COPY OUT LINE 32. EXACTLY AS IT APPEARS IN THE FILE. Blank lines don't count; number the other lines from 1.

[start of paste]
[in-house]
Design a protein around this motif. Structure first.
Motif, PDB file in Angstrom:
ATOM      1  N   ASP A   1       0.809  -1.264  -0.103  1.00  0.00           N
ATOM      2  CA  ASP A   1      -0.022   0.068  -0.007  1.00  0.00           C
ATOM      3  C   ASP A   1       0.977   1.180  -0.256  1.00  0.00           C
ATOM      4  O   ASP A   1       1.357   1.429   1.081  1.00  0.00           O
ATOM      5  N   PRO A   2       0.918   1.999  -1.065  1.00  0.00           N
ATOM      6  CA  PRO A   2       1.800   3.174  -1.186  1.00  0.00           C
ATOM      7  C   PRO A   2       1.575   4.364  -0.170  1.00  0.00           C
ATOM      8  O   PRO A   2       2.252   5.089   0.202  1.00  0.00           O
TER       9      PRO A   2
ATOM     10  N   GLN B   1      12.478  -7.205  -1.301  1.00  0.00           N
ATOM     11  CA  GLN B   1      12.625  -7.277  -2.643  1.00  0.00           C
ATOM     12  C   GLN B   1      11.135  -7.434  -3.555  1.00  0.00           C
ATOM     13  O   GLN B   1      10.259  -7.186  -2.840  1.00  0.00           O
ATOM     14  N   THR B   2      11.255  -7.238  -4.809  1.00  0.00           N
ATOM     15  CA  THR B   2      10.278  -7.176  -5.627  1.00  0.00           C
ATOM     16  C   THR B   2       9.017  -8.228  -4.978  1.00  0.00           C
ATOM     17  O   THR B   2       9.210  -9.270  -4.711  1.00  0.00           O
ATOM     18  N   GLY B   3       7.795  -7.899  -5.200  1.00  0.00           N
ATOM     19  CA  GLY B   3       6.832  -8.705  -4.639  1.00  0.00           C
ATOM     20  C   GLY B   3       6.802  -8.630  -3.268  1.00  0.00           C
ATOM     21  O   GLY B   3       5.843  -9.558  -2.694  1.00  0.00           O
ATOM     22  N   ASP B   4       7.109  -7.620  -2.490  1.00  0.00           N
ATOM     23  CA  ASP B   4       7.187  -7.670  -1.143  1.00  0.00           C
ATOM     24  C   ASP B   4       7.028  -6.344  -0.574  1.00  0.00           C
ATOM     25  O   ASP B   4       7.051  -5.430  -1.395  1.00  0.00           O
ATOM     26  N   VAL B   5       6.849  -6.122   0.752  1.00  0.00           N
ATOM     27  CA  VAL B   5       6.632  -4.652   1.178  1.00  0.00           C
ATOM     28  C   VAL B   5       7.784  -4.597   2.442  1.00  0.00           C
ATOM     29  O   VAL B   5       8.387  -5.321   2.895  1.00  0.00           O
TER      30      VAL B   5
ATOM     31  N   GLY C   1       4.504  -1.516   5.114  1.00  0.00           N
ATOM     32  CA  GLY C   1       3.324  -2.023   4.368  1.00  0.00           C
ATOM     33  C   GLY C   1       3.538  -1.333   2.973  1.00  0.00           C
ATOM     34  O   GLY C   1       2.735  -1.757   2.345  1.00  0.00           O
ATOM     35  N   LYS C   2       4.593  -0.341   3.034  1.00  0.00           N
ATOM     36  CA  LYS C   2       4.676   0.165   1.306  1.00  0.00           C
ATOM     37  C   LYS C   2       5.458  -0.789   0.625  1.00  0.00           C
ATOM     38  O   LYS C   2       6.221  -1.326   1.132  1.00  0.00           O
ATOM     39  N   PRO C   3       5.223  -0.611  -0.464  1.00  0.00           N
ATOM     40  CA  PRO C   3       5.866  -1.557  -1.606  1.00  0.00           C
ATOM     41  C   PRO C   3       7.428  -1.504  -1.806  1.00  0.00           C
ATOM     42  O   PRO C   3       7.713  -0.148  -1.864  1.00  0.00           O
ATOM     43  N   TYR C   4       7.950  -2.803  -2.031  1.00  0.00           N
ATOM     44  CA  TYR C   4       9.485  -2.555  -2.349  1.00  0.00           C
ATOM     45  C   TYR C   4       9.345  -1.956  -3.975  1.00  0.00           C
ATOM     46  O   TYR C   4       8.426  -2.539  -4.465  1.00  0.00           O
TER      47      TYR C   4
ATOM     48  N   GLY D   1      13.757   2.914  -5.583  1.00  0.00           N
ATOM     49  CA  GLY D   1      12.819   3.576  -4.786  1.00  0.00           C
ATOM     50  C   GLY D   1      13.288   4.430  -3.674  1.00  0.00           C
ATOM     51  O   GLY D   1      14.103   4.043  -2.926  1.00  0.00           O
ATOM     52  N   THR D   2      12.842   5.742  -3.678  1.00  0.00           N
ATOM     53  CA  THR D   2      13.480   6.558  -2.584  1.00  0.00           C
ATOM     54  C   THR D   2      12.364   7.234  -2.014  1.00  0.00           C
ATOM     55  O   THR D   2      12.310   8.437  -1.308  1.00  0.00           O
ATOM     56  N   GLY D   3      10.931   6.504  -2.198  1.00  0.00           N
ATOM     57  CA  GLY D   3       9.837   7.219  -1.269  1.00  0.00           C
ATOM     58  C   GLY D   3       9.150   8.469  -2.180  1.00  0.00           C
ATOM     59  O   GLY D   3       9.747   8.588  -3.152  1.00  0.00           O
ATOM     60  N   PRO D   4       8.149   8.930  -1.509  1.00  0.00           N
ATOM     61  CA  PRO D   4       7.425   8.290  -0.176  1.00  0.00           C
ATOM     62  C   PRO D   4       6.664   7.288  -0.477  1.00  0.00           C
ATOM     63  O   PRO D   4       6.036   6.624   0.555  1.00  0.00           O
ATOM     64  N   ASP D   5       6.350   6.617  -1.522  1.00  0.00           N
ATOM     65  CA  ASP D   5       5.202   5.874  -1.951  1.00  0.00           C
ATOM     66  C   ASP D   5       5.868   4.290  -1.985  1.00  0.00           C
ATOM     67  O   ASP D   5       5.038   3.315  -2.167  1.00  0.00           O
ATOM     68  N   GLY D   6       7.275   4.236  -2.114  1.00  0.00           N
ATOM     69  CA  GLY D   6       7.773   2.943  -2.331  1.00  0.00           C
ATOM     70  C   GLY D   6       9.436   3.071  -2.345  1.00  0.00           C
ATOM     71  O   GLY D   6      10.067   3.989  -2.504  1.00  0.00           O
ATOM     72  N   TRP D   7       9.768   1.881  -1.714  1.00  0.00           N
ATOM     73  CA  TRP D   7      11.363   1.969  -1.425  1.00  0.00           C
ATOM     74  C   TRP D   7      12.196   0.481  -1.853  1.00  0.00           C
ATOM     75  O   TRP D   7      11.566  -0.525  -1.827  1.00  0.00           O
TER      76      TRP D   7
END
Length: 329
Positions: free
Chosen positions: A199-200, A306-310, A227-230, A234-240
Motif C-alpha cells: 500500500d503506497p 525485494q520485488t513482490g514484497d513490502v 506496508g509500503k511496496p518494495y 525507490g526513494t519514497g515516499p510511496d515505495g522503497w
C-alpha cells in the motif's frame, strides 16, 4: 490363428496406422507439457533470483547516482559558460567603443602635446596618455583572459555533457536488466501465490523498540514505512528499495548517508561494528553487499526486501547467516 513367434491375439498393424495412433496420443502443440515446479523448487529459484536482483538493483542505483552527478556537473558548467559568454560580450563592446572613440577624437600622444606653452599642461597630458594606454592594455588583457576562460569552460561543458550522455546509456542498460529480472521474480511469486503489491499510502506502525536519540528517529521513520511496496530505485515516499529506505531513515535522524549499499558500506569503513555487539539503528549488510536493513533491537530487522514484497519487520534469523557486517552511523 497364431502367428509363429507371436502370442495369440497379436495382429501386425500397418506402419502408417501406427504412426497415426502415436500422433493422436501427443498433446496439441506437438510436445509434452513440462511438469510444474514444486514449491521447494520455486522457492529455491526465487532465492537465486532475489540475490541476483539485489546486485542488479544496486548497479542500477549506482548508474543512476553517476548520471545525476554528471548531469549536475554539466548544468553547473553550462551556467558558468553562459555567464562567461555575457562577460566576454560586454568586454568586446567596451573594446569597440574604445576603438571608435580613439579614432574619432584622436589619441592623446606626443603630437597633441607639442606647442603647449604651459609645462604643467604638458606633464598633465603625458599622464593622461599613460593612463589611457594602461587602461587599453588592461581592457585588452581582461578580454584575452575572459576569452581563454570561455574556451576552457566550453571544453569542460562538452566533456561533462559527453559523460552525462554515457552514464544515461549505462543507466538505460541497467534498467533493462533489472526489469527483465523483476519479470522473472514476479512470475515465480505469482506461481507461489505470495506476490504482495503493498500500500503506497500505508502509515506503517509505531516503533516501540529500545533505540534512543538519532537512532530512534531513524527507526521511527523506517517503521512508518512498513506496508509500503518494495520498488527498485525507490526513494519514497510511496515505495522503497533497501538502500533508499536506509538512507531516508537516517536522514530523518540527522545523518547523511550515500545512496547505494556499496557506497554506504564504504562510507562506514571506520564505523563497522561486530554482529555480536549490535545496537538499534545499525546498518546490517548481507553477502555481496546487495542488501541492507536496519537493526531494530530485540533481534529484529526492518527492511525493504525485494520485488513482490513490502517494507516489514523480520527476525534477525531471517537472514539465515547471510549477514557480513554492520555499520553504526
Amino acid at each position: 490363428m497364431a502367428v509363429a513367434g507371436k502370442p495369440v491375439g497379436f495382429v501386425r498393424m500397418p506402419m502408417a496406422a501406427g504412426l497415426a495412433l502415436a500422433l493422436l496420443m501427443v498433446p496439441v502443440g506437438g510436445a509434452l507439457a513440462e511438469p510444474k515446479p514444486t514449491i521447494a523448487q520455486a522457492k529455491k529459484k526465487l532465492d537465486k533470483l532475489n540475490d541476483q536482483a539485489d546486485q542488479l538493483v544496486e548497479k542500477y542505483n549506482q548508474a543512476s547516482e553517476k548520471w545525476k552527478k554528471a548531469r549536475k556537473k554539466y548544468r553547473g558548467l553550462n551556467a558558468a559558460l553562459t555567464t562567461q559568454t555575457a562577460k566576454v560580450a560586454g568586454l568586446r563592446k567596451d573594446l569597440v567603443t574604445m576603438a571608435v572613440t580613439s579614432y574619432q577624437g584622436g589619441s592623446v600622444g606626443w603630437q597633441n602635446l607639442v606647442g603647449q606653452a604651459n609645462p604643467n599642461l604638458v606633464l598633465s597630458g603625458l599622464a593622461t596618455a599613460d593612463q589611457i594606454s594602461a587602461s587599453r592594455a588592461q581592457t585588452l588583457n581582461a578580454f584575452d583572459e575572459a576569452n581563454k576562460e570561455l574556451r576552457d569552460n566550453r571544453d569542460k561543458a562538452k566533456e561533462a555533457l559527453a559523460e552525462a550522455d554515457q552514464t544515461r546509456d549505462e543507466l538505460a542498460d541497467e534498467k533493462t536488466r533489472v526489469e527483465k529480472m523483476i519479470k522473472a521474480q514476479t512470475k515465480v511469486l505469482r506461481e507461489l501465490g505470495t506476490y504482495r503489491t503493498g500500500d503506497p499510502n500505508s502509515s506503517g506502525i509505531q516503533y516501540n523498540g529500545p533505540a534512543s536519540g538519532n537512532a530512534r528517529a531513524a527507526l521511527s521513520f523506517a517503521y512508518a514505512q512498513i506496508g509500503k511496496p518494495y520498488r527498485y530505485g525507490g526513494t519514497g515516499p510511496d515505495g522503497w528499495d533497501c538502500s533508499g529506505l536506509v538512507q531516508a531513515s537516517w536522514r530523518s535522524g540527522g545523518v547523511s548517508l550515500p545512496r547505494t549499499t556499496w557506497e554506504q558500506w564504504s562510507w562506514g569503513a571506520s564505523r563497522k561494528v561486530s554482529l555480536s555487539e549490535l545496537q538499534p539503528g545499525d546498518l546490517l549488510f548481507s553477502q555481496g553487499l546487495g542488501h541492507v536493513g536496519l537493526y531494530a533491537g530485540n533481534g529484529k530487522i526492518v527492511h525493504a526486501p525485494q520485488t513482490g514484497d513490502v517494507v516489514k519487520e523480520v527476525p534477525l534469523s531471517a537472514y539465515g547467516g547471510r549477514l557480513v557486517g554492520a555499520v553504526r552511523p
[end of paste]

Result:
ATOM     29  O   VAL B   5       8.387  -5.321   2.895  1.00  0.00           O